Benefits of remote real-time side-effect monitoring systems for patients receiving cancer treatment
AbstractIn Australia, the incidence of cancer diagnoses is rising along with an aging population. Cancer treatments, such as chemotherapy, are increasingly being provided in the ambulatory care setting. Cancer treatments are commonly associated with distressing and serious sideeffects and patients often struggle to manage these themselves without specialized real-time support. Unlike chronic disease populations, few systems for the remote real-time monitoring of cancer patients have been reported. However, several prototype systems have been developed and have received favorable reports. This review aimed to identify and detail systems that reported statistical analyses of changes in patient clinical outcomes, health care system usage or health economic analyses. Five papers were identified that met these criteria. There was wide variation in the design of the monitoring systems in terms of data input method, clinician alerting and response, groups of patients targeted and clinical outcomes measured. The majority of studies had significant methodological weaknesses. These included no control group comparisons, small sample sizes, poor documentation of clinical interventions or measures of adherence to the monitoring systems. In spite of the limitations, promising results emerged in terms of improved clinical outcomes (e.g. pain, depression, fatigue). Health care system usage was assessed in two papers with inconsistent results. No studies included health economic analyses. The diversity in systems described, outcomes measured and methodological issues all limited between-study comparisons. Given the acceptability of remote monitoring and the promising outcomes from the few studies analyzing patient or health care system outcomes, future research is needed to rigorously trial these systems to enable greater patient support and safety in the ambulatory setting.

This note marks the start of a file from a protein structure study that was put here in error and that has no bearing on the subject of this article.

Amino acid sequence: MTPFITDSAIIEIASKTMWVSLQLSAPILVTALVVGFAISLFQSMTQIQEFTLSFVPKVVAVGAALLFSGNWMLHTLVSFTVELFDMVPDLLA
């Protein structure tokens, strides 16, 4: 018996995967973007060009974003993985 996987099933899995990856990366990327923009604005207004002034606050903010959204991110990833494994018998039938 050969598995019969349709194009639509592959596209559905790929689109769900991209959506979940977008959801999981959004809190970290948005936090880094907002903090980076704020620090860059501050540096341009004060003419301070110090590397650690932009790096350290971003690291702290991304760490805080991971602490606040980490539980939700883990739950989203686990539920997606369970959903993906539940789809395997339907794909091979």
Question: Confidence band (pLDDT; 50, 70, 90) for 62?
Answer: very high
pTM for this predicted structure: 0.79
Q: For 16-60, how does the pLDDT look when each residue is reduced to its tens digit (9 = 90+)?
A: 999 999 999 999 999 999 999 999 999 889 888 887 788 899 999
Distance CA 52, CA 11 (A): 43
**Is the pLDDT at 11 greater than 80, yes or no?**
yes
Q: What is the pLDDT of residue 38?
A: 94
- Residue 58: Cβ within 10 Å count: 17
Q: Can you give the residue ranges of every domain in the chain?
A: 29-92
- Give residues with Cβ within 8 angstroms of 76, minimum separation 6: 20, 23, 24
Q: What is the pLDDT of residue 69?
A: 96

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Copyright (c) 2012 Sarah Kofoed, Sibilah Breen, Karla Gough, Sanchia Aranda
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